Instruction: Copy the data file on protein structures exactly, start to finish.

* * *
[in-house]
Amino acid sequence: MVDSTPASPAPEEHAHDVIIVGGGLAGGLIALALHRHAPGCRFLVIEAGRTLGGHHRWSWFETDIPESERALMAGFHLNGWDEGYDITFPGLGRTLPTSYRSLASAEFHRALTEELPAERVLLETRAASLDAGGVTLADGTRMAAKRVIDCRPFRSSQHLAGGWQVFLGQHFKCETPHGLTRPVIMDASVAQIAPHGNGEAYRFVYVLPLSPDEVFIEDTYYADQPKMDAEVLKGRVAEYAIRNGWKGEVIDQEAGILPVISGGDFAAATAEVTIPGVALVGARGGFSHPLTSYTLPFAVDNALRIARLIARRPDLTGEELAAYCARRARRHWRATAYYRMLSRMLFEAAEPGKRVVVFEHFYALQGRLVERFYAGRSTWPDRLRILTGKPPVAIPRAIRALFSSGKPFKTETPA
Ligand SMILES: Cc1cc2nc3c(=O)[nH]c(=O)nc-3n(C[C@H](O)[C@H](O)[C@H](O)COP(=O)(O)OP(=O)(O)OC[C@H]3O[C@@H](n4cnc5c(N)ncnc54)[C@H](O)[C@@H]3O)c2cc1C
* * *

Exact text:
[in-house]
Amino acid sequence: MVDSTPASPAPEEHAHDVIIVGGGLAGGLIALALHRHAPGCRFLVIEAGRTLGGHHRWSWFETDIPESERALMAGFHLNGWDEGYDITFPGLGRTLPTSYRSLASAEFHRALTEELPAERVLLETRAASLDAGGVTLADGTRMAAKRVIDCRPFRSSQHLAGGWQVFLGQHFKCETPHGLTRPVIMDASVAQIAPHGNGEAYRFVYVLPLSPDEVFIEDTYYADQPKMDAEVLKGRVAEYAIRNGWKGEVIDQEAGILPVISGGDFAAATAEVTIPGVALVGARGGFSHPLTSYTLPFAVDNALRIARLIARRPDLTGEELAAYCARRARRHWRATAYYRMLSRMLFEAAEPGKRVVVFEHFYALQGRLVERFYAGRSTWPDRLRILTGKPPVAIPRAIRALFSSGKPFKTETPA
Ligand SMILES: Cc1cc2nc3c(=O)[nH]c(=O)nc-3n(C[C@H](O)[C@H](O)[C@H](O)COP(=O)(O)OP(=O)(O)OC[C@H]3O[C@@H](n4cnc5c(N)ncnc54)[C@H](O)[C@@H]3O)c2cc1C